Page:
Back in August, we reported on the Central Hudson Gas & Electric Corporation Training Center and “Gas Village”, a new construction in the Town of Ulster. With a speedy environmental review process, the Town of Ulster Town Board determined that the project would have no significant adverse environmental impacts.
Construction on the site destroyed nearly 30 acres of forest located in the Lower Esopus Creek watershed. Complaints about stormwater, erosion and turbidity started to roll into the New York State Department of Environmental Conservation (NYSDEC) and on October 29th, a notice of violation (NOV) was issued for the projects State Pollutant Discharge Elimination System (SPDES) Permit for stormwater discharges caused by construction activity. On that very same day, another NOV was issued for another contentious local project known as “850 Route 28” also for stormwater pollution.
In the case of Central Hudson, the state wrote that, “At the time of the inspection, the water quality in the wetland was indicative of pollution from discharges from stormwater runoff related to construction activities. This is a violation of Article 17 of ECL. Please be advised that violations of the ECL are subject to penalties of up to $37,500 per day per violation.”
A final determination on enforcement is not yet known, though we are all pleased by the DEC’s initial action.
What is a State Pollutant Discharge Elimination System (SPDES) Permit?
On the NYSDEC’s website, it says that ‘”New York is rich in surface and groundwater resources”, it says on the . “Article 17 of the Environmental Conservation Law (ECL) entitled “Water Pollution Control” was enacted to protect and maintain these valuable resources. Article 17 authorized creation of the State Pollutant Discharge Elimination System (SPDES) program to maintain New York’s waters with reasonable standards of purity.
The SPDES program is designed to eliminate the pollution of New York waters and to maintain the highest quality of water possible– consistent with public health, public enjoyment of the resource, protection and propagation of fish and wildlife and industrial development in the state.
New York’s SPDES program has been approved by the United States Environmental Protection Agency for the control of surface wastewater and stormwater discharges in accordance with the Clean Water Act. However, the SPDES program is broader in scope than that required by the Clean Water Act as it controls point source discharges to groundwaters as well as surface waters”.
VIEW Central Hudson “Gas Village” training facility in Town of Ulster Destroys 28 Acres of Forest (KingstonCitizens.org)
Last week, we met a resident who lives on Glenerie Boulevard in Lake Katrine. Her home is sandwiched between the Lower Esopus Creek and the CSX train tracks. We got the call because of the ongoing muddy releases in the Lower Esopus Creek and offered to come and look to see the creek from her property.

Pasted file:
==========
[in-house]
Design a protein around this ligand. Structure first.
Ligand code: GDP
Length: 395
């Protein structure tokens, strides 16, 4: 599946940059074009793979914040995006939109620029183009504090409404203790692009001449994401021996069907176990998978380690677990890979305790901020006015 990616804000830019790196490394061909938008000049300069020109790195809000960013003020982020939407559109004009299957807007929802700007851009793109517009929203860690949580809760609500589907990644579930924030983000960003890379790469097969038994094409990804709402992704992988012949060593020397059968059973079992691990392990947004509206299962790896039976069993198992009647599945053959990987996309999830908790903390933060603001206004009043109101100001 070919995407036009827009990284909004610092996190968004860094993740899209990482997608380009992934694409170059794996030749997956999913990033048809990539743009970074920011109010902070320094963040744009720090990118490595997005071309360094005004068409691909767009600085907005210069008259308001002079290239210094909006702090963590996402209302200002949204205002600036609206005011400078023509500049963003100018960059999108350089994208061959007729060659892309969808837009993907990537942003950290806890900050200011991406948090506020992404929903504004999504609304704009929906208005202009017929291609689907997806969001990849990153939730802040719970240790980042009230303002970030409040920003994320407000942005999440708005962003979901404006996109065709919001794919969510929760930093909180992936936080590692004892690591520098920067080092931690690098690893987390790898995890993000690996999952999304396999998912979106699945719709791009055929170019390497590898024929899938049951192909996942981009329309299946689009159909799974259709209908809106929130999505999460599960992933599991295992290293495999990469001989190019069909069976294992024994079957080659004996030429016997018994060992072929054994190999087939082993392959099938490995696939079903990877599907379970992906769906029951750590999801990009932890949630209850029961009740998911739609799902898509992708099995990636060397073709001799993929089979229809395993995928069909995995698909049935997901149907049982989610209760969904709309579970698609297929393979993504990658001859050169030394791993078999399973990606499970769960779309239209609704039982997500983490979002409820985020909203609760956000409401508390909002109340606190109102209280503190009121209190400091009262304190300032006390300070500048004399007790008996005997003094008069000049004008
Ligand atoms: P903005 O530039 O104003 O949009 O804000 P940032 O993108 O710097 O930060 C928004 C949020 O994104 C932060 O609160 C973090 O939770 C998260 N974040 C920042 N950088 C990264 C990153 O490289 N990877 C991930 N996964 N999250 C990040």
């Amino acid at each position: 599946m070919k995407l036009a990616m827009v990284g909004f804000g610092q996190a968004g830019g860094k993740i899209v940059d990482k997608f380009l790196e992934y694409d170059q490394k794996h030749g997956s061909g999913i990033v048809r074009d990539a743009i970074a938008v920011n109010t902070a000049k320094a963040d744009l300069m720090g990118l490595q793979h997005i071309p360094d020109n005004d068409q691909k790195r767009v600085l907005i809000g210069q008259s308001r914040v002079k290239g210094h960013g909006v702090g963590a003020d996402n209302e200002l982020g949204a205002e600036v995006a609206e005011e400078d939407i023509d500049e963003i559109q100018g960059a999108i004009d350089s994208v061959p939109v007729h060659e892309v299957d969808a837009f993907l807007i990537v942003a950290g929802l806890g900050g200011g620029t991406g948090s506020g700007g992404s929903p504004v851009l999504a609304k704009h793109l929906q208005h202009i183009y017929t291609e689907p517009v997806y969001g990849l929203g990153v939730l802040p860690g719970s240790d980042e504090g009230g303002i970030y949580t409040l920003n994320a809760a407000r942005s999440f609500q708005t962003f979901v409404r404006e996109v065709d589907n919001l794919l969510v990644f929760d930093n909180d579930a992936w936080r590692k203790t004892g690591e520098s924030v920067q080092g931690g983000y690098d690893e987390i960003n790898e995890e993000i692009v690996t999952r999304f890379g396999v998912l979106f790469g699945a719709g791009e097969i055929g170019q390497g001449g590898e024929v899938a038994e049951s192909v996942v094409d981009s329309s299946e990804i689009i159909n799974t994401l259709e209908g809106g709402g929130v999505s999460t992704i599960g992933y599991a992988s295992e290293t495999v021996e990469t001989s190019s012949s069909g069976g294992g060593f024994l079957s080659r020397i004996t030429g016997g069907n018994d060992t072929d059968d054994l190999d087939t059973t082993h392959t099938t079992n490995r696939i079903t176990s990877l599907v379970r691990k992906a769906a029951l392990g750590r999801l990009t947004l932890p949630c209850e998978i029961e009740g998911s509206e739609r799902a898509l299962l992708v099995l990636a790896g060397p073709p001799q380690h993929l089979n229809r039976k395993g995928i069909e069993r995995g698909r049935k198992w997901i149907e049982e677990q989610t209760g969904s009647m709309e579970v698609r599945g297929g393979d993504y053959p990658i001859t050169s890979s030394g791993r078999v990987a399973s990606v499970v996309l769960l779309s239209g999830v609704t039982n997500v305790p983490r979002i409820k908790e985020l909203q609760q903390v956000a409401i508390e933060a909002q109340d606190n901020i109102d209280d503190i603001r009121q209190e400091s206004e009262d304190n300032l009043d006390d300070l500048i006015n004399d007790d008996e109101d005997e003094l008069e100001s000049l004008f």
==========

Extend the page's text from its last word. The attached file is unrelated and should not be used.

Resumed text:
In December of 2020, she had witnessed the massive muddy pollution released into the Lower Esopus from the Ashokan reservoir first hand during an unprecedented storm event. A mix of rain and snow melt resulted in 63 billion gallons of water flowing into the Ashokan reservoir during a 48-hour period, making it one of the largest runoff events in the history of NYC’s water supply.
The releases turned the Lower Esopus into a thick chocolate milk colored mess, and the harms to the creek have been ongoing throughout the spring and summer months. Furthermore, our area has experienced heavy rains this year, leading to the Town of Ulster recently issuing an alert that more releases from the Ashokan reservoir were to be expected. New York City had measured the rainfall in July to be 5.31 inches at the reservoir, more than the area typically receives for the entire month and falling into the 90th percentile conditions for runoff.
Climate change is no longer some future existential threat. It is here, now.
During our visit, we learned about a recent clearing of nearly 28 acres of forest between 9W and Glenerie Boulevard. “It’s now a huge hole in the ground and none of us were informed it was even happening, “ she said. With the daily dynamite blasting, residents complained and were finally given an auto bot call an hour before and loud horns moments before each incoming blast. Residents reported damage to their foundations and roofs.
“What is it?” we asked. Turns out, it’s a large training facility and Gas Village project for Central Hudson. How did we miss this?
When we left, we made several calls to local advocates to find out if they were familiar with the project. Most were as surprised as we were. After some digging, we learned that Central Hudson purchased property in this area to the south. For the present project, they purchased a separate 56 acres from Carriag Properties, an apparent Callanan Industries affiliated entity and needed a 1+ acre lot line adjustment from Largay LLC (Bread Alone) to connect the two parcels. The lot line adjustment occurred in 2019 at the Ulster Planning Board and Town Board together with site plan approval. No one appeared at the public hearing. At that time it appeared from the Town minutes that various residents were focused on Glidepath (a fossil fuel project that was proposed in the Town of Ulster that we, along with residents, NGOs and county representatives, were able to transition into a battery storage proposal outcome).
Residents who own property on Glenerie Boulevard are faced with three serious environmental and economic harms: Muddy pollution from the Ashokan Reservoir into the Lower Esopus Creek; a freight train that carries hazardous materials (such a Bakken crude oil); and now, deforested lands that many believe has displaced thousands of animals in order to build a Central Hudson training facility and outdoor gas ‘village’. Where are the Town of Ulster representatives? Where is the county?
The Town of Ulster is notorious for bad planning and projects that are shortsighted and potentially harmful to their community and our area at large. They were nearly successful in selling the City of Kingston’s drinking water supply back in 2014 (Niagara Bottling Company) and welcomed a fossil fuel power plant a few hundred feet from a residential neighborhood (Glidepath). Luckily, both projects were forever changed for the good by the hard work of local advocates.
Unfortunately, with the Central Hudson Gas & Electric Corporation Training Center’s speedy environmental review process completed some two years ago where the Town Board as lead agency found that the project would have no significant adverse environmental impacts and made a determination of nonsignificance within a month’s time. It’s anyone’s guess what the residents living nearby can expect.